France Telecom (NYSE:ORAN) reports earnings tomorrow, and many investors have already dismissed it as another unwieldy victim of the eurozone crisis. But a closer examination reveals an undervalued dividend play with international growth opportunity.
You wouldn't realize by looking at the company today, but France Telecom has a dark past: Before 1998, it was a government-operated, monopolistic, inefficient nightmare. In the same year that France won the World Cup and minted the first euro coins, it opened its telecom borders to full competition.
Over the next decade, France Telecom survived the dot-com bust, acquired Orange Plc and other strategic investments, and reduced its government ownership by around 50%.
Today, the company has annual sales of $59 billion , 170,000 employees , and 223 million customers (more on this later).
Tu casa, mi casa
If you can, take a deep breath and remove yourself from macroeconomic paralysis long enough to examine France Telecom's business model. The company boasts all the traditional offerings (landlines, mobile, and so on), but is increasingly focused on mobile data, Internet services, and even cloud computing.
It's not slowing down, either. France Telecom's 5,000 person R&D team is hard at work innovating and re-innovating to keep up with the rapidly changing industry.
Of course, the company's rivals aren't exactly sticking to landlines. Competitor Vodafone (NASDAQ:VOD) boasts 370 million customers, and its networks sent and received almost 300 billion text and data messages in fiscal 2011. Its investment in Verizon (NYSE:VZ) also gives it strategic presence in the U.S., a country France Telecom has largely chosen to ignore.
But France Telecom doesn't have to necessarily have more customers. Its stock suffered earlier this year, when French competitor Free came online, but many investors failed to realize that France Telecom raked in revenue from Free, whose limited network capabilities had the budding company on its knees for roaming agreements.
What's in a name?
France Telecom is about as French as French fries. Sure, the company has 300-year-old roots in the Land of Escargot, but things have changed. The company currently has consumer enterprises in 38 countries and local presence in 160 countries.
The following graphic can cause a shiver down any investor's spine, when you see that the majority of the company's revenue originating from France and Spain. But swallow your fear and consider that almost 60% of the company's mobile customers are outside Europe. Mobile use comprises the bottom of a lucrative pyramid, which I predict many of its emerging-market customers will quickly ascend in the coming years.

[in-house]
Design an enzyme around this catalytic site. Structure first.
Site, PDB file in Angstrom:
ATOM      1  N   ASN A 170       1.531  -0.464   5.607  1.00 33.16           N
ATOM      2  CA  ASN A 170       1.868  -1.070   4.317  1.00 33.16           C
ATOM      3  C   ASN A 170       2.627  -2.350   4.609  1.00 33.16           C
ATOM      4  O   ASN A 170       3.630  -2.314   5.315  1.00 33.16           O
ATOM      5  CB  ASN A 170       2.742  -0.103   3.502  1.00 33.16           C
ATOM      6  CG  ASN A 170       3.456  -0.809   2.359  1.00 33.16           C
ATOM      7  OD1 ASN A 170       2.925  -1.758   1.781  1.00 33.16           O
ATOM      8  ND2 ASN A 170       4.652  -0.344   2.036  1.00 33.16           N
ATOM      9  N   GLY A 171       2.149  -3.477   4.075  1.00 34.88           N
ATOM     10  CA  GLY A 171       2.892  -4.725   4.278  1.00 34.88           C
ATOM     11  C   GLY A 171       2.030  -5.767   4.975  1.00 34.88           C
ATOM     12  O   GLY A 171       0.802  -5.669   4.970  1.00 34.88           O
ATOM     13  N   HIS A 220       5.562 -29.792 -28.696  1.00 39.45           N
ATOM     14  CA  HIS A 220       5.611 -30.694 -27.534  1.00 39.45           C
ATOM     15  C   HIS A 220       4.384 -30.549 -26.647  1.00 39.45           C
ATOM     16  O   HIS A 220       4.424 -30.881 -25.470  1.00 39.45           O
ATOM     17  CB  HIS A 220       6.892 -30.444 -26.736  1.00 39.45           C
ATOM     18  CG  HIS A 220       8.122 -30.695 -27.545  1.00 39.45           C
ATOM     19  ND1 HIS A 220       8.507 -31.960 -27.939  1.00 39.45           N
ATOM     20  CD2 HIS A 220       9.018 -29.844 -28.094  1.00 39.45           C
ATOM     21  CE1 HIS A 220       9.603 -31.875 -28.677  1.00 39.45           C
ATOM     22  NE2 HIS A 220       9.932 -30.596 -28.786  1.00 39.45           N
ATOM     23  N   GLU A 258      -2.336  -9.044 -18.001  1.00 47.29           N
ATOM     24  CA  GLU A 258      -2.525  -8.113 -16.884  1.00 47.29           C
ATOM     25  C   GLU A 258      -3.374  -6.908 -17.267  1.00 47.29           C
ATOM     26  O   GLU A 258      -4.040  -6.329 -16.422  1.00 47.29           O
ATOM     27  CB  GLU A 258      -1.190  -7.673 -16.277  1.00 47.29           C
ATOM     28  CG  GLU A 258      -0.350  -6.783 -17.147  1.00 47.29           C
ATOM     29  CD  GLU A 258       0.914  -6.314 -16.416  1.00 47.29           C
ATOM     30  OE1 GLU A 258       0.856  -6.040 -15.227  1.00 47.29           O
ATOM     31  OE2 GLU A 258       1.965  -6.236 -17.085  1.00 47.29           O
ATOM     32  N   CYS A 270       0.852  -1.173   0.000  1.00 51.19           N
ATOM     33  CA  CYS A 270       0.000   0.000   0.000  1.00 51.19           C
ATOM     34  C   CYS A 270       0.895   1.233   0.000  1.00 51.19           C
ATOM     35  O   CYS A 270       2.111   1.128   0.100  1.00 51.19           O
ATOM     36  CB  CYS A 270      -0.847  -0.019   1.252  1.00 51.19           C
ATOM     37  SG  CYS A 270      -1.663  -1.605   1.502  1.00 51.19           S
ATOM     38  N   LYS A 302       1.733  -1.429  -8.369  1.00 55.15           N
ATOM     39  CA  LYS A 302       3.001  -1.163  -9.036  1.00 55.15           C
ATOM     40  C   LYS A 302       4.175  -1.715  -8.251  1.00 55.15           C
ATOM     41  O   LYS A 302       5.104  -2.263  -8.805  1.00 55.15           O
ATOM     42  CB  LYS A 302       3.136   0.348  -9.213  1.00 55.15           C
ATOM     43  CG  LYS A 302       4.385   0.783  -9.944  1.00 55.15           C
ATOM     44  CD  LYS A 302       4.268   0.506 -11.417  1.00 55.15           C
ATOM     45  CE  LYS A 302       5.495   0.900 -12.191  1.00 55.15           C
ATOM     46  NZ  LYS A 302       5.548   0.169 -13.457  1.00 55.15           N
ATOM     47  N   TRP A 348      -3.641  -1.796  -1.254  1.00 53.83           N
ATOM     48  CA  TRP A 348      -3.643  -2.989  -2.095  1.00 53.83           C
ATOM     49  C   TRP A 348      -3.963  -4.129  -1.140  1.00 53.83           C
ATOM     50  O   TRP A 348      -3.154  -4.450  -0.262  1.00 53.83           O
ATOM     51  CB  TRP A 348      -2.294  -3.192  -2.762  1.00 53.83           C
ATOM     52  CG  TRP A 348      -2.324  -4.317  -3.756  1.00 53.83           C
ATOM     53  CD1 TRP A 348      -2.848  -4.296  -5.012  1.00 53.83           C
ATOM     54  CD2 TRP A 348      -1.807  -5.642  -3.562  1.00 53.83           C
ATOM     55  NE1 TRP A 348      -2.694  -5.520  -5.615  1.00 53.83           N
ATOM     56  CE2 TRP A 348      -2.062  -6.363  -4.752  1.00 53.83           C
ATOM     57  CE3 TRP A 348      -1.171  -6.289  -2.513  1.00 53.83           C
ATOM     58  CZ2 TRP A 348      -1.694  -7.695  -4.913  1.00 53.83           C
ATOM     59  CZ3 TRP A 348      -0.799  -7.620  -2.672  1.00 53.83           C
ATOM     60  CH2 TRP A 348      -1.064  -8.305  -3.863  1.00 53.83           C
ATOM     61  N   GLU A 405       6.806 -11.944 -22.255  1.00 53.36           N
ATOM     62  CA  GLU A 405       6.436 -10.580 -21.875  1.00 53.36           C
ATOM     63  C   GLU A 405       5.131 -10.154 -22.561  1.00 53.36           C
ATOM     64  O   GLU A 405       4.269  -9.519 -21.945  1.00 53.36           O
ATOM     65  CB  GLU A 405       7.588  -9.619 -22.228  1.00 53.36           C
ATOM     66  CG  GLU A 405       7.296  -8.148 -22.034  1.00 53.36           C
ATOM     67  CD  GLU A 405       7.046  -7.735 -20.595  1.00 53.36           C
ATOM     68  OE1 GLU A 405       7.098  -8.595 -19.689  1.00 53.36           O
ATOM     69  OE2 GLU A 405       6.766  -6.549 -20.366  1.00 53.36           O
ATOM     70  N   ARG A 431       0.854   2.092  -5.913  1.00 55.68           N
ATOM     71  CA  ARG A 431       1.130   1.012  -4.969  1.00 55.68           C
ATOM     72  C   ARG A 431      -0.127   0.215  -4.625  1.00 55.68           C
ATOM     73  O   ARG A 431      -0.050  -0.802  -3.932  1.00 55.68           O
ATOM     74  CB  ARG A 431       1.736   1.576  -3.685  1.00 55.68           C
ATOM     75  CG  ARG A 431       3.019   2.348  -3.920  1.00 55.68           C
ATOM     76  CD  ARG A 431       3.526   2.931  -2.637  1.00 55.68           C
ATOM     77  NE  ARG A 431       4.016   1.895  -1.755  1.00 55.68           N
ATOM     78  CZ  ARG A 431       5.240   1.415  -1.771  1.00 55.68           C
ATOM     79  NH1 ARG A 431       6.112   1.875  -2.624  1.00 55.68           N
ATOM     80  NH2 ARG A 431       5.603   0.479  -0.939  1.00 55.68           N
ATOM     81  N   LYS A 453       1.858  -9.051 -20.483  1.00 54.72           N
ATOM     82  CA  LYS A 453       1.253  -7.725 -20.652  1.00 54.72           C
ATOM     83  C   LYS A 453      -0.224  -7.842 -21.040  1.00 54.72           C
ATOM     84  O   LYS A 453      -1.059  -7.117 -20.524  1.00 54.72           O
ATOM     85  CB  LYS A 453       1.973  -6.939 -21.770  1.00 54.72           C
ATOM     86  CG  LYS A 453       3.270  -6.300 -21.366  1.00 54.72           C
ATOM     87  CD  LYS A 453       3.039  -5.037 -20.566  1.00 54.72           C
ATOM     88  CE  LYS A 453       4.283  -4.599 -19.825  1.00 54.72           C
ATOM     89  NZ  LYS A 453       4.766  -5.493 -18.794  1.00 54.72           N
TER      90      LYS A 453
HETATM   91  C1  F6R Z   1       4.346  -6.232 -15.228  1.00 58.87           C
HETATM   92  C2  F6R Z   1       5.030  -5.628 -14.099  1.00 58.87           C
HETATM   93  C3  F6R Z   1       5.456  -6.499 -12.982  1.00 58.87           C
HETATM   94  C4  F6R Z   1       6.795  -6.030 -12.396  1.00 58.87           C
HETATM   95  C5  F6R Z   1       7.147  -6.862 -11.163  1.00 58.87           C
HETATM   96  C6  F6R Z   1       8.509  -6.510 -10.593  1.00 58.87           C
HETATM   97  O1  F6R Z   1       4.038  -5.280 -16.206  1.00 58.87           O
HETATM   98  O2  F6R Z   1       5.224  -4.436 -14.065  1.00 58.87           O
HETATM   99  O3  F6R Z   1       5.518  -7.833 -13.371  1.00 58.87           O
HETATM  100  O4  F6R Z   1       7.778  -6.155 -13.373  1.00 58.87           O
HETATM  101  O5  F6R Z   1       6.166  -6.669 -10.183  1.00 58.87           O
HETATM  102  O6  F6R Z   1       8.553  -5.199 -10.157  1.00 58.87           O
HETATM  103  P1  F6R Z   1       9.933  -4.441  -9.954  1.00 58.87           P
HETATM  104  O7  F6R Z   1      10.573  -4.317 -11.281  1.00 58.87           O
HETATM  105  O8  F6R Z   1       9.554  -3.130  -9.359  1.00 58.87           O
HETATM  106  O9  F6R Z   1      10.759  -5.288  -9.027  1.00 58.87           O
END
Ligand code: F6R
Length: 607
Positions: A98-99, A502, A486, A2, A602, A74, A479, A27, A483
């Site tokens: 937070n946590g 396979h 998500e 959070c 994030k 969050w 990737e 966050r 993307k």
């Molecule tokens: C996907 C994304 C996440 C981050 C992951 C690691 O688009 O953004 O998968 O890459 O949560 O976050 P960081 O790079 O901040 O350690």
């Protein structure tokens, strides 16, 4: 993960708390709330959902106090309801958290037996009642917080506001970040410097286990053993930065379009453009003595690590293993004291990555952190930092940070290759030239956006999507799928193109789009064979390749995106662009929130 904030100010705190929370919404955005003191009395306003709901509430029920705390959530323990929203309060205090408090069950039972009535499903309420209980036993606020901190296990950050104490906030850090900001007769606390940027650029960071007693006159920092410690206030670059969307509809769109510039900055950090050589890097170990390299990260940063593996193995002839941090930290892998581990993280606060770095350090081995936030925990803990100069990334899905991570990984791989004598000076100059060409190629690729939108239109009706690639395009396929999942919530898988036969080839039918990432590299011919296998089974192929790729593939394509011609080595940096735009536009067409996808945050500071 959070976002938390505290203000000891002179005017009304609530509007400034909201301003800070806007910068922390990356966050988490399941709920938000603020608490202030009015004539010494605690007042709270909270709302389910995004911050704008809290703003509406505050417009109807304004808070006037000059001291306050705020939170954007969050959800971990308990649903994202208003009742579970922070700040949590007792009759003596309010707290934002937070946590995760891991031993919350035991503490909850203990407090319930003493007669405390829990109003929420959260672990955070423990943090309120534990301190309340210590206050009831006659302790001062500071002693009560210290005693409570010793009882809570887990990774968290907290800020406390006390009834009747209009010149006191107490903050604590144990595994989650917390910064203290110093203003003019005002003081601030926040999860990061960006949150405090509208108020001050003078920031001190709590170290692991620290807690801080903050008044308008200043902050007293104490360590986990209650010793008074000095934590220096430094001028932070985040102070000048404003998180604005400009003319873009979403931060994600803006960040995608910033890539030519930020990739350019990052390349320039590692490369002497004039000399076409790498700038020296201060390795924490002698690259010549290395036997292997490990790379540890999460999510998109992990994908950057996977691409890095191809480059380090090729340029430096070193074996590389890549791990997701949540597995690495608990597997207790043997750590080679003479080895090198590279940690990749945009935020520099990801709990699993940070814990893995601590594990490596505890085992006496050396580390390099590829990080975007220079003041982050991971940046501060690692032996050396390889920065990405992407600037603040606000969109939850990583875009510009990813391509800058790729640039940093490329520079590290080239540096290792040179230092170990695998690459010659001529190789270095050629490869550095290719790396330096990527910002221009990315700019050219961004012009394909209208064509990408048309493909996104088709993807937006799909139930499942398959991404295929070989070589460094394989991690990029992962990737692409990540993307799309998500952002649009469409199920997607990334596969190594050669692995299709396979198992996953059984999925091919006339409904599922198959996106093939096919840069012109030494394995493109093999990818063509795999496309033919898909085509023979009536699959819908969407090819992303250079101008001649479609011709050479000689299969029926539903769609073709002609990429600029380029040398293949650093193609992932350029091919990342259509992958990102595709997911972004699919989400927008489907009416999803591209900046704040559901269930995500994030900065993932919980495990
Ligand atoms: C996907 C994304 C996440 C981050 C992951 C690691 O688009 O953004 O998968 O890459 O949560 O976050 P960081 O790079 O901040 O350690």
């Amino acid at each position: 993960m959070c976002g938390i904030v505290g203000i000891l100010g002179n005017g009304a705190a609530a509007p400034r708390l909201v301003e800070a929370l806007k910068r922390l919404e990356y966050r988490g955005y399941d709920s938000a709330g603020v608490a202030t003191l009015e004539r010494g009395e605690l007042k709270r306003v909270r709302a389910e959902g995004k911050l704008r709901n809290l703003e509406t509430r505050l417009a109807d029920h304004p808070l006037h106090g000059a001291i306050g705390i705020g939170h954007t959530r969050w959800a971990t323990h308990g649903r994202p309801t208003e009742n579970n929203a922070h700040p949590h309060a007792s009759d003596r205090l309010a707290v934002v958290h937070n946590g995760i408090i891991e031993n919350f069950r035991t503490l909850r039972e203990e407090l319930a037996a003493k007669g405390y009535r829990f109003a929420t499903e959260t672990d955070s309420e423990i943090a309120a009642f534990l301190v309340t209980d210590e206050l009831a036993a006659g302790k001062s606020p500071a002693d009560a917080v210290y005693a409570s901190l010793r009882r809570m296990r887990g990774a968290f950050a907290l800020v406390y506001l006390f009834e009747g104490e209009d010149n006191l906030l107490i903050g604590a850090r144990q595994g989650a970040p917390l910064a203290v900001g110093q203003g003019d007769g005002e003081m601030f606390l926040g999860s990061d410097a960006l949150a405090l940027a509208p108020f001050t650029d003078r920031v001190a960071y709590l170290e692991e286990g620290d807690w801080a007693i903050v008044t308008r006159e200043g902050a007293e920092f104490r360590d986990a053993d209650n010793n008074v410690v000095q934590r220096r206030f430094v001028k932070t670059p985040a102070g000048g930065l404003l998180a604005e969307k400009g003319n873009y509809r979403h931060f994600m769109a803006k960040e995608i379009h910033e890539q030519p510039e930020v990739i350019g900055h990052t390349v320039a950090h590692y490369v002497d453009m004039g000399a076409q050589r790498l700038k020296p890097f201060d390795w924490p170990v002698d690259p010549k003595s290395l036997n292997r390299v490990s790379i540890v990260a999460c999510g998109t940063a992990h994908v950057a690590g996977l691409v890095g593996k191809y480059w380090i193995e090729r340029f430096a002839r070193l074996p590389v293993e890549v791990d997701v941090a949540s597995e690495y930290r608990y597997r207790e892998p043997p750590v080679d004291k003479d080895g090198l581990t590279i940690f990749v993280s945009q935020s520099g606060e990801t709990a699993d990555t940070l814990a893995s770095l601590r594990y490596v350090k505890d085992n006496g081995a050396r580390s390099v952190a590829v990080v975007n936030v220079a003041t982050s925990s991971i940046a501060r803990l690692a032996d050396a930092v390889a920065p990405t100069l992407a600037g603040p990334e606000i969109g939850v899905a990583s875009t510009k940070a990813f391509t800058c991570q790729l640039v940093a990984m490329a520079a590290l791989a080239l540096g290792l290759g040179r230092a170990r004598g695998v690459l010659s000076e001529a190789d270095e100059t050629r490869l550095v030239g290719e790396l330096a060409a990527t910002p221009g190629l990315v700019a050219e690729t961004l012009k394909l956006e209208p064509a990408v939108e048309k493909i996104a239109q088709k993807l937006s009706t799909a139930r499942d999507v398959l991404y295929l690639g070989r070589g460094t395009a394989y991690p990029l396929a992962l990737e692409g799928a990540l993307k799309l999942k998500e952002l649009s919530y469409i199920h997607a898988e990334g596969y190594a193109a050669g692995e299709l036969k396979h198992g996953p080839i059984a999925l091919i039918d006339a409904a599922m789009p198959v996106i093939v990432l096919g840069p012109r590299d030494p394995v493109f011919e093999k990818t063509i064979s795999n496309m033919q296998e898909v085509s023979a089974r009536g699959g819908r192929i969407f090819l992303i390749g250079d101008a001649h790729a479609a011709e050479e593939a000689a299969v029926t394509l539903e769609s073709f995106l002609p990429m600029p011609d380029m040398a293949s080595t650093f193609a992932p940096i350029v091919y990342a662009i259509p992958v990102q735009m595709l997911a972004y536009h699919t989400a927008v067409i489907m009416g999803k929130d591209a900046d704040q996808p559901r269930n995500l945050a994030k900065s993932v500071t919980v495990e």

Africa and the Middle East are two of France Telecom's main focus areas. They're also two of the fastest-growing regions in the world. Coincidence? I think not.
The company controls 40% of Egypt's market , 34% of Jordan's , and 60% of Senegal's , and it enjoys a growing presence in more than a dozen other countries. I relied on its Uganda coverage for 3G Internet in some of the most remote villages in the world, and I was rarely disappointed.
The end of a dividend?
France Telecom is acutely aware that its dividend can make or break its shareholder relationship. Its current yield is 11.3%, one of the highest on the market. The dividend glory days are over, though, as the company's CEO recently announced plans to preserve cash for future investment opportunities . The company currently pays out 86% of its earnings in dividends, but its new policy will see that amount halved to 40% to 45% of operating cash flow generated.
Here's the twist: Telecoms are no longer stalwarts, and dividends should be cut. The proliferation of mobile data and emerging-market opportunities have shoved telecom companies back into competitive growth models, and I want to give France Telecom every cent it needs to establish itself as a technological and global leader.
Both Verizon and France Telecom currently have about $42 billion in long-term debt, and their ability to manage this could determine who ultimately succeeds.
Spanish telecom Telefonica (NYSE:TEF) is loaded up with a whopping $72 billion in debt, putting it at a serious disadvantage in the years to come. Likewise, VimpleCom (NASDAQ:VEON) currently struggles with a -7.9% operating margin , making its 13.2% dividend yield highly unsustainable.
The bell tolls for thee
France Telecom reports earnings tomorrow, and most investors expect management to emerge from its hole waving the white flag of surrender. This may or may not be the case, but expectations are low and perceptions are skewed. I've invested real money in France Telecom and am looking forward to reaping a reasonably sized dividend while I wait for the company's strategic international placements to boost it into a global superpower.
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